During Donald Trump’s presidential administration, Hu often worked late hours responding to tweets from the President of the United States. They were followed by other Chinese diplomats and state media reporters who took advantage of US social media blocked in China to fend off critics of Beijing. At the same time, they occasionally provoked international controversy and exacerbated relations with other countries.
Growing up in Beijing, Hu was not always the epitome of party loyalty. As a graduate student in Russian literature in 1989, he joined a crowd of pro-democracy protesters gathered in Tiananmen Square. Since then, he has distanced himself from the demonstrations, claiming that he was misled by pro-democratic intellectuals, whom he described as childish and impulsive.
Taking control of the Global Times in 2005, he succeeded despite China’s repeated crackdowns on media freedom, imprisoning journalists and shutting down independent media outlets. His occasional criticism of the government was counterbalanced by patriotic Twitter salvos, which he frequently repost on Chinese social media, as if to show that he was protecting the country internationally.
Understand the relationship between the United States and China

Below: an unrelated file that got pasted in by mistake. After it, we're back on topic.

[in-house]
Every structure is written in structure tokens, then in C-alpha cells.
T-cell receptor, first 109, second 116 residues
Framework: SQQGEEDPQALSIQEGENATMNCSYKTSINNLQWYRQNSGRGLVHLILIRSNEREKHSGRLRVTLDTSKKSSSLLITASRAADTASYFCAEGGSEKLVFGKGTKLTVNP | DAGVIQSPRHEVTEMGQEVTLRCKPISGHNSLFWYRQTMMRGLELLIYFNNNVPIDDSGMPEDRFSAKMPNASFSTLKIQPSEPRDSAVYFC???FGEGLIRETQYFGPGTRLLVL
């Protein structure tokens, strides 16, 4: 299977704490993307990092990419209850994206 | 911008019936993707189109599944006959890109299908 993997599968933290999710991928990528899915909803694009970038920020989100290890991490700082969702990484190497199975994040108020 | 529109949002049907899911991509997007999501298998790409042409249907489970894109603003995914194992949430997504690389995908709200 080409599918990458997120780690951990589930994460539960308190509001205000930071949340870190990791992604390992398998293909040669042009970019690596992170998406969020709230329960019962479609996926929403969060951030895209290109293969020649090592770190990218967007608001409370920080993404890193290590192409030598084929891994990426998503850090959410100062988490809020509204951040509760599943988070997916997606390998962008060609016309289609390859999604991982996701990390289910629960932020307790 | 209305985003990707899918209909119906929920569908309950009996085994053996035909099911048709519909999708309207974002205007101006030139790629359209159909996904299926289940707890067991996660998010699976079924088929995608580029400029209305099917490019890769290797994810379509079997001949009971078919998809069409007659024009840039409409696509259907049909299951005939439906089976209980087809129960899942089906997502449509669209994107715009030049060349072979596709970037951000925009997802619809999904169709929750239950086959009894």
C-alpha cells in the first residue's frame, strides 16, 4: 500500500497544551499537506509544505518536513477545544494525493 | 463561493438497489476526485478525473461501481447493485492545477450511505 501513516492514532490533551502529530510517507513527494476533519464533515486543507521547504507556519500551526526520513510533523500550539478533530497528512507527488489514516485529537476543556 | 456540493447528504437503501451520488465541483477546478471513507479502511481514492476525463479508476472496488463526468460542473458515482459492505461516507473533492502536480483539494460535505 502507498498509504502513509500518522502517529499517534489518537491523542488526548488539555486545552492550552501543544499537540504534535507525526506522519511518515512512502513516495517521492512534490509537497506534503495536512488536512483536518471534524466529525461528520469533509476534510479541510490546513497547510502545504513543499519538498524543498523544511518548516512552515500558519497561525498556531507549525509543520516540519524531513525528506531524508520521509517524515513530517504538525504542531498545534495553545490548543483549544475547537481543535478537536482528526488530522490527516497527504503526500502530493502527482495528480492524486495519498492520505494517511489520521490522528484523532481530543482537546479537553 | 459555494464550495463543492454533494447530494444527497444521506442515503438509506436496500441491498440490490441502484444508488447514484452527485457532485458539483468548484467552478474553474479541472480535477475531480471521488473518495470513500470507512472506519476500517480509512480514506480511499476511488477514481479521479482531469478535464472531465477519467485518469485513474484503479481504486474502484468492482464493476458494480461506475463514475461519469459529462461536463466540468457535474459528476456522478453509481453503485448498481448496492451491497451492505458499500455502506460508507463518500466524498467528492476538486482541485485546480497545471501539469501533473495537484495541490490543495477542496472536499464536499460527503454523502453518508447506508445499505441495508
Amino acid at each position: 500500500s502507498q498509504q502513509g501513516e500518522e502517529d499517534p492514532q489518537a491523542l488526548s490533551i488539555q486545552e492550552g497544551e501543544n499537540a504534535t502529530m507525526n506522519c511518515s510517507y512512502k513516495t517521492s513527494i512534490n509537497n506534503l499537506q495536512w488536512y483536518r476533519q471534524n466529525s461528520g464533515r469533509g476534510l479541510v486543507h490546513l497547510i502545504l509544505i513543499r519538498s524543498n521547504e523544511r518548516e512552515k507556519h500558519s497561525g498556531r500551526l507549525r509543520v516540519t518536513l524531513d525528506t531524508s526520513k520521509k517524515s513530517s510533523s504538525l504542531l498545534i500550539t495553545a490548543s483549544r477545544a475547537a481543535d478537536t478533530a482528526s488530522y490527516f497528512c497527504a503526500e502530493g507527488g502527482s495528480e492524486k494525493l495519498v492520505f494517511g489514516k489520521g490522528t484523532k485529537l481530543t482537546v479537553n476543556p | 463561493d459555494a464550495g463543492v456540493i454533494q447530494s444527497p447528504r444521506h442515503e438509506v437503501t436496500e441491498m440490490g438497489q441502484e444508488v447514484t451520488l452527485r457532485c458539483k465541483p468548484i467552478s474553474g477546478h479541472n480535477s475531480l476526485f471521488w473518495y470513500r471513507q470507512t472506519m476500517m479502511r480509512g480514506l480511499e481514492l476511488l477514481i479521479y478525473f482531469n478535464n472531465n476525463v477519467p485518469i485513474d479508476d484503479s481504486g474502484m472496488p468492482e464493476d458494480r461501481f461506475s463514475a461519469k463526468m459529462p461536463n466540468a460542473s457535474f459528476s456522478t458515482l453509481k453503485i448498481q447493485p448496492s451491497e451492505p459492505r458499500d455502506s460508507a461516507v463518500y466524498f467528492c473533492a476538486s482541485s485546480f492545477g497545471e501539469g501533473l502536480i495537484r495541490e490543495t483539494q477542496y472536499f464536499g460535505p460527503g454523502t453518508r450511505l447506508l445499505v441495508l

An era of tensions between the United States and China. The two powers are deeply at odds as they fight for influence beyond their own shores, compete in technology, and maneuver for military advantage. Here’s what you need to know about the main areas of US-China relations:
This behavior helped him maintain his status as a loyal party adherent and a conductor of the views of the buttoned top leadership of Beijing. Investors, diplomats, and political pundits in both China and the United States have often skimmed his posts for clues of what Chinese leaders might be thinking, although opinions differ as to how militant tabloid editorials reflect Beijing’s position.
In recent years, Mr. Hu has occasionally found himself on the wrong side of the nationalism that he helped instill. This year, as India struggled to cope with the coronavirus outbreak, the Chinese state media ridiculed the tragedy by posting an image of a Chinese rocket about to launch next to one of the massive cremations, with the headline “China Ignition versus Indian Ignition.”
When Mr. Hu condemned the meme for damaging China’s reputation in India, another nationalist pundit fought back, saying China shouldn’t worry about flexing its political muscles and ridiculing image-worried critics with a crude term that is roughly equivalent to “Fights for pearls”. … “